To ensure that the 50 or so CB holders accept the proposal, the new CB comes with generous terms, including a 10% coupon and a conversion price of HK$1.541, which equals a premium of just 3.4% versus the HK$1.49 close on October 18 -- the last trading day before this announcement. Although, according to sources, the conversion price was derived at by applying a 35% premium to the volume-weighted average price for the 30 days leading up to yesterday’s announcement. While already low, the conversion price may be reset on November 21 next year, down to a floor of 70%.

There will also be a cash payment of $20 for every $100 in principal amount of the existing bonds that is tendered for the swap. The company will issue $100 of new CBs for $100 in principal amount of the existing bonds. The new bonds will mature on the same date as the existing ones, ie on December 12, 2012, and will pay the same amount of yield-to-maturity – on top of the annual coupon – of roughly 5.5% as the existing bonds.

The existing CB was initially issued at a size of HK$2 billion ($256 million), but following an earlier buyback exercise, only HK$1.405 billion remains outstanding. In April this year, the company also made a first attempt at getting the existing bondholders to give up their put option in exchange for a consent fee, which was accepted by investors holding about 15% of the remaining amount of bonds. This reduced the principal amount of bonds that may be put back to approximately HK$1.19 billion and taking into account the put price of HK$117.68 per $100 of principal, China Nickel will have to come up with a total of HK$1.4 billion ($181 million) if the CB is put back in full.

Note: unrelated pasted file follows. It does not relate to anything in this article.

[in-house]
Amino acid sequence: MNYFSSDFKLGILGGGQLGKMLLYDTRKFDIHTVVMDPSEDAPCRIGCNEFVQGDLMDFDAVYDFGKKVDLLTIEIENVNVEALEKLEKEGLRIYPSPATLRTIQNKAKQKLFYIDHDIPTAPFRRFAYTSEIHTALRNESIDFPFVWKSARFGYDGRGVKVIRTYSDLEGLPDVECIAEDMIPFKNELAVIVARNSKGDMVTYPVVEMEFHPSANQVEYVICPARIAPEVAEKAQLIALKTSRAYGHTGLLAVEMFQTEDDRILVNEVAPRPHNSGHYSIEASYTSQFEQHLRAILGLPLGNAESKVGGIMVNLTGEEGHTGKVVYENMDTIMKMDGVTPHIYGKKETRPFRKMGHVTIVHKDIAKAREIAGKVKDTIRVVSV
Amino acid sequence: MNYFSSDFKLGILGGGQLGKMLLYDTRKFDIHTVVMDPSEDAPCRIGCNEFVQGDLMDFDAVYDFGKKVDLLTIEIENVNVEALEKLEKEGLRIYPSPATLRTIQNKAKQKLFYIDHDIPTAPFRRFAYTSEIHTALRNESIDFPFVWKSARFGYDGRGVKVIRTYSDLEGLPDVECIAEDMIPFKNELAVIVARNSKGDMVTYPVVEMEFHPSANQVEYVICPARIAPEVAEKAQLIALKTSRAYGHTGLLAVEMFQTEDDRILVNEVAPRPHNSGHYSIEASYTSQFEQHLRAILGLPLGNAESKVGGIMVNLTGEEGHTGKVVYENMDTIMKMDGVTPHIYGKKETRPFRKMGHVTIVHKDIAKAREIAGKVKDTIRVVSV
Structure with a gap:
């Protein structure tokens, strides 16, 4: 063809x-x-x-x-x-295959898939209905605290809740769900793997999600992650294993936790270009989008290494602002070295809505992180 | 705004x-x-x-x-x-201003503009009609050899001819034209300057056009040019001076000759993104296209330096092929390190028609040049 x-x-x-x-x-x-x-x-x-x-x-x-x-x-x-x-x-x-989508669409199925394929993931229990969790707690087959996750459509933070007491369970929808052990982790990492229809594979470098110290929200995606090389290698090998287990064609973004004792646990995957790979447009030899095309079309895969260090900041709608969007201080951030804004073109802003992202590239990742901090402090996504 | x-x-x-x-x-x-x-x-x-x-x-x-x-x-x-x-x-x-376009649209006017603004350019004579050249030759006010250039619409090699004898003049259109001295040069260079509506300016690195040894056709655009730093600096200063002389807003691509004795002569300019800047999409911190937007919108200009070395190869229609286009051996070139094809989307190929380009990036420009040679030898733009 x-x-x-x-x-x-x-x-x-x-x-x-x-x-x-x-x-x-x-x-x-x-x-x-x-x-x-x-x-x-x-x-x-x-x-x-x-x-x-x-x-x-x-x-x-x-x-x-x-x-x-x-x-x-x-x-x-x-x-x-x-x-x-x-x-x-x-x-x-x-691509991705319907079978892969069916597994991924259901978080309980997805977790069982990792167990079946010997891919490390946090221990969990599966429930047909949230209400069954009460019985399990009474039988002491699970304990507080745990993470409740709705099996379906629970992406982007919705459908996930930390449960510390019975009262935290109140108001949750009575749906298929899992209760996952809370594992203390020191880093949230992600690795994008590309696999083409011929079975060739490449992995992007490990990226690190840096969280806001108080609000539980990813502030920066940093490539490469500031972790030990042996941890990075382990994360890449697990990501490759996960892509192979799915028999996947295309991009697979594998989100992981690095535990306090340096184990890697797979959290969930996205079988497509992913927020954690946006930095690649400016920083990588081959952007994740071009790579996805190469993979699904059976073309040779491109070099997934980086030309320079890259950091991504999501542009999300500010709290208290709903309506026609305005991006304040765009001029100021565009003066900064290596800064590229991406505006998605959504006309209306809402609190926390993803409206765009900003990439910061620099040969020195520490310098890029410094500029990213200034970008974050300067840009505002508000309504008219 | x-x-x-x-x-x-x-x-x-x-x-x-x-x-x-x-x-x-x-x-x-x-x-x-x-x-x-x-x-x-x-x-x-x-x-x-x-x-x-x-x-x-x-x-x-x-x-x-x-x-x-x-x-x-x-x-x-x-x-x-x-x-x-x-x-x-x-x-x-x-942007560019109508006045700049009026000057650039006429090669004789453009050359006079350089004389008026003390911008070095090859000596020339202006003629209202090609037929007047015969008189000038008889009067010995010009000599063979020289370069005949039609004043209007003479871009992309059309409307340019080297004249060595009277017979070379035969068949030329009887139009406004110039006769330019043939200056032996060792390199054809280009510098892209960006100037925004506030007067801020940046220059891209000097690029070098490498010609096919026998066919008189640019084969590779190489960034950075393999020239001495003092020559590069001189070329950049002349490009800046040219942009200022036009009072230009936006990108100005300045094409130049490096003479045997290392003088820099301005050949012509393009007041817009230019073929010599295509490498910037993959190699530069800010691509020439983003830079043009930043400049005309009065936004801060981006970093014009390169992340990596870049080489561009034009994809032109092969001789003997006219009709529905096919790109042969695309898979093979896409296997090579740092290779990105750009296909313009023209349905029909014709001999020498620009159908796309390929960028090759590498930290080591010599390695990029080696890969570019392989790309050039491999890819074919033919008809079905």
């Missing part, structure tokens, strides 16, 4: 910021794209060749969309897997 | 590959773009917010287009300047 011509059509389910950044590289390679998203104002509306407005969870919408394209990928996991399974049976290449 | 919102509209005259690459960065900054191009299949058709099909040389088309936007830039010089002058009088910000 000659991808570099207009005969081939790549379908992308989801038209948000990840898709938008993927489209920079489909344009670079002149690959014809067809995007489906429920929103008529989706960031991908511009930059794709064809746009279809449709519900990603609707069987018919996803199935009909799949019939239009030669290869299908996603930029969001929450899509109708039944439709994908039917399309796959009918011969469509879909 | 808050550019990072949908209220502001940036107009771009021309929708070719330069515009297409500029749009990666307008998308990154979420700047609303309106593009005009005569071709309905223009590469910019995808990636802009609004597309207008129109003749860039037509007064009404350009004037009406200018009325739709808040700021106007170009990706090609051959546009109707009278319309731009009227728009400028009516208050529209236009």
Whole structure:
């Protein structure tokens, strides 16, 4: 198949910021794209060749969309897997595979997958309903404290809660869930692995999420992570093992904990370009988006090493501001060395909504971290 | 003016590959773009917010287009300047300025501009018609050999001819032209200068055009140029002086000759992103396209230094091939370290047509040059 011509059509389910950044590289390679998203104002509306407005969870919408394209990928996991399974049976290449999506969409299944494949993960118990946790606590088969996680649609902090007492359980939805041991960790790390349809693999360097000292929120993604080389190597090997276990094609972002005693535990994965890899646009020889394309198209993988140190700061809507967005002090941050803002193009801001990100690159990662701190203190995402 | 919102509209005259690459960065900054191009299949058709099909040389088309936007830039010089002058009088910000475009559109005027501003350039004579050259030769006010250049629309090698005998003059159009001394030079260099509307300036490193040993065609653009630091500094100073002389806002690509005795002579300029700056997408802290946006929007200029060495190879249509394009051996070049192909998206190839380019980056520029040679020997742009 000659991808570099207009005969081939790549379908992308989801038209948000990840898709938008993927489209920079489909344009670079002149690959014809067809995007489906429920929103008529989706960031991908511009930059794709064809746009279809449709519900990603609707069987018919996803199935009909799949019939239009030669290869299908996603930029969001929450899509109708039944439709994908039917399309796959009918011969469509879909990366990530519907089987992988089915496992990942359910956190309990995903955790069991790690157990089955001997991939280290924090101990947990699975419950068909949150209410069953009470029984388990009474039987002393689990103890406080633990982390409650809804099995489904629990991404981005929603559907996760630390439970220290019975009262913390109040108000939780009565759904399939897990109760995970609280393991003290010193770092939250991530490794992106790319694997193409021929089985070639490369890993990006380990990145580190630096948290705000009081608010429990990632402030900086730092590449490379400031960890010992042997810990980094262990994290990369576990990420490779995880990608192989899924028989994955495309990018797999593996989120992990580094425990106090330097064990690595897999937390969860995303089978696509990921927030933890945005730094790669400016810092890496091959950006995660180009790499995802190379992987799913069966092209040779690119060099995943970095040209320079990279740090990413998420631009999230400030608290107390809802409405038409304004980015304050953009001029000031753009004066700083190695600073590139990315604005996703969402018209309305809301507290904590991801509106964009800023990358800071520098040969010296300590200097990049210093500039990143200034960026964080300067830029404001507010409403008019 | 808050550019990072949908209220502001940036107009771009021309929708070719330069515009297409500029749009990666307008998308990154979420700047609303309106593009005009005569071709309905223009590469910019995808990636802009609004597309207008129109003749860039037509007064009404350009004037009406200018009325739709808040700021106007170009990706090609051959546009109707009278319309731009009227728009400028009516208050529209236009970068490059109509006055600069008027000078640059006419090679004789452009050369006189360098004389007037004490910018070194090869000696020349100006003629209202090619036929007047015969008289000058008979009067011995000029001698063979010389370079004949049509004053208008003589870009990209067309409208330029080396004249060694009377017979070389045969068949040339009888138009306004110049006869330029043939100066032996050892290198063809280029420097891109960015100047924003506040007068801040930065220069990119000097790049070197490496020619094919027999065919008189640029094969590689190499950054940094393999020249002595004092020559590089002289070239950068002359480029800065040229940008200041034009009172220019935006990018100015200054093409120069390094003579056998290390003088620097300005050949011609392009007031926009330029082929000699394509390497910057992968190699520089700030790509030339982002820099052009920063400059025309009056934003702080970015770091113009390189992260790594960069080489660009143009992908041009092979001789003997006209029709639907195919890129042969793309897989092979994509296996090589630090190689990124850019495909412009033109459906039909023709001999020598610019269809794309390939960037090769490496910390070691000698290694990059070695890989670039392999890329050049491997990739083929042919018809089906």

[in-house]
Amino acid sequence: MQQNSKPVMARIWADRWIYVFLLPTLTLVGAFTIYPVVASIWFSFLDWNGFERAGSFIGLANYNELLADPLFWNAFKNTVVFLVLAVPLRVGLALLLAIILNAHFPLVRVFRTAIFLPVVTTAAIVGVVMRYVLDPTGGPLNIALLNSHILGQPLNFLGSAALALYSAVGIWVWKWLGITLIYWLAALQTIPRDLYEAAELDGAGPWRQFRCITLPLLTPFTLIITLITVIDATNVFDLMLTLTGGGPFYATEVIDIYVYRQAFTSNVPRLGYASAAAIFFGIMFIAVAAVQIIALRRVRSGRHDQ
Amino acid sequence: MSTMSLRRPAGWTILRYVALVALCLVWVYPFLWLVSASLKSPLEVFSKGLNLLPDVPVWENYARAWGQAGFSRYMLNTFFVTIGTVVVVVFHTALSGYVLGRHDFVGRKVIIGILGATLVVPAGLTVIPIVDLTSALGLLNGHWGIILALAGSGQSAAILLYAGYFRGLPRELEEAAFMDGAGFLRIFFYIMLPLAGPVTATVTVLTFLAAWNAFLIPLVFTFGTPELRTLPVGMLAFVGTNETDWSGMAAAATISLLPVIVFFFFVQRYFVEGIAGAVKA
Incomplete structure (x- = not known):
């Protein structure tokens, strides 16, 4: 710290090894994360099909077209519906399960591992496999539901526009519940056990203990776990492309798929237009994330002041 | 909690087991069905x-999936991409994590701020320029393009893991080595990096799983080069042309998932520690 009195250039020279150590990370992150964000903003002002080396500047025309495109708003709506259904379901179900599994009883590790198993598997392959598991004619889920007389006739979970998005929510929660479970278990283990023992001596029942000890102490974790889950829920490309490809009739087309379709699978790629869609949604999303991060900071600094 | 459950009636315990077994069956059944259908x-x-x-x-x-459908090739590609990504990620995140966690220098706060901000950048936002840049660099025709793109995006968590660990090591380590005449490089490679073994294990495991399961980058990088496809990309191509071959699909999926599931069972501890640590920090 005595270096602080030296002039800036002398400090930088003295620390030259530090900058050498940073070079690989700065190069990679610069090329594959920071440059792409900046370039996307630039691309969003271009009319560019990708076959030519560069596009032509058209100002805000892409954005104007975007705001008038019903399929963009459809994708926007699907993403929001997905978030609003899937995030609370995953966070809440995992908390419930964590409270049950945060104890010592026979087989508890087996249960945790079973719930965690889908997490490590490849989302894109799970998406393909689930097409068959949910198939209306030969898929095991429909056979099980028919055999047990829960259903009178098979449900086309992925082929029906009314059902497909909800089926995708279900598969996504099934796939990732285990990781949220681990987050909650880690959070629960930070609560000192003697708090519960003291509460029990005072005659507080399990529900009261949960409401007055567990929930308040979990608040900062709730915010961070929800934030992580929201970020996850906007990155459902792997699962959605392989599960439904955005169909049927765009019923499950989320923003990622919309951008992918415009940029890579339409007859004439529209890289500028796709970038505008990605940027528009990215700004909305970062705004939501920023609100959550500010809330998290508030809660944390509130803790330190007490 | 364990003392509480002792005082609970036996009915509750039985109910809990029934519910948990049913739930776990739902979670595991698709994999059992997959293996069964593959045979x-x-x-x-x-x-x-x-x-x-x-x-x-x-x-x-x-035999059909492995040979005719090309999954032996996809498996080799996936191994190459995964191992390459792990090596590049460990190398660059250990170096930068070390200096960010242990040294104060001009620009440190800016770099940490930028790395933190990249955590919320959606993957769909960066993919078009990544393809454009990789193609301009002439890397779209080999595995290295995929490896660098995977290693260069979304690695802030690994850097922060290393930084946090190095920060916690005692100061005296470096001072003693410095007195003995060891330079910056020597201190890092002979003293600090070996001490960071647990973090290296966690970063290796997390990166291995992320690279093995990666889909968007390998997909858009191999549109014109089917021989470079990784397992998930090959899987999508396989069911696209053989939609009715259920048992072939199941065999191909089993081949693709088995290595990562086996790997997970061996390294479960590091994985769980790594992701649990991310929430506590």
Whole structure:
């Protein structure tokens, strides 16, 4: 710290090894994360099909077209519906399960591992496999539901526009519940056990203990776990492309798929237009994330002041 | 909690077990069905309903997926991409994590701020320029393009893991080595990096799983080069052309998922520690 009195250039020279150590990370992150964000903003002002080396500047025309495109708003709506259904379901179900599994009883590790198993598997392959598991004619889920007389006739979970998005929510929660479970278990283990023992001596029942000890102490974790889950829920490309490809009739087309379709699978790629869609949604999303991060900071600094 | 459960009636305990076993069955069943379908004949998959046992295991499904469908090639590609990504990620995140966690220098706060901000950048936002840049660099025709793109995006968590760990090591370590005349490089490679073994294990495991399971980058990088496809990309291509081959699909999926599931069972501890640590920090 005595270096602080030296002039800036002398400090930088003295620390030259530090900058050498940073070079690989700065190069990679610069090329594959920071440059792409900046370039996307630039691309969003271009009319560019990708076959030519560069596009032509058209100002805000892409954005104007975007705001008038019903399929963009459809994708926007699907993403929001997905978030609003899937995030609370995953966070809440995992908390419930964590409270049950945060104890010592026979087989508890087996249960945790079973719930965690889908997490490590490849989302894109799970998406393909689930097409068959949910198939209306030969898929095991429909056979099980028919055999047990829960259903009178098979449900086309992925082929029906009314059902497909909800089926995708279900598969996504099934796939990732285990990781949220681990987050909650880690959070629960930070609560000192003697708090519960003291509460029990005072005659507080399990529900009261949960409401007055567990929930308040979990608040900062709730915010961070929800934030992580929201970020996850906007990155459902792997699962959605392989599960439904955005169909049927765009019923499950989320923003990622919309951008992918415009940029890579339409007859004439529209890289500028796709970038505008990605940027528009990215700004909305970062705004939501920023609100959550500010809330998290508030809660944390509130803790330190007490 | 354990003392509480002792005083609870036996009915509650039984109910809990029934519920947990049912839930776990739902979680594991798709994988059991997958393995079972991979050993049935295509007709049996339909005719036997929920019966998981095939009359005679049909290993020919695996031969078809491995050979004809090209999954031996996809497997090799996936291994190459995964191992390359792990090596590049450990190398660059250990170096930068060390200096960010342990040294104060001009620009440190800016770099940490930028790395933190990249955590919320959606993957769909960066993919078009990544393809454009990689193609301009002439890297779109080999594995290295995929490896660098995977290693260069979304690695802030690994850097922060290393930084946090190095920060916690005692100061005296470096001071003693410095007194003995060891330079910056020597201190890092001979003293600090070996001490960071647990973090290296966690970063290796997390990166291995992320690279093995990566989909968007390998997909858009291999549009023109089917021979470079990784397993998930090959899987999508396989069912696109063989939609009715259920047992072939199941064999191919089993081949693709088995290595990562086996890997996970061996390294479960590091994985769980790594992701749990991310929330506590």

While not a huge amount, it is significantly more than the company’s cash on hand and cash equivalents of Rmb374.9 million ($56 million) at the end of June.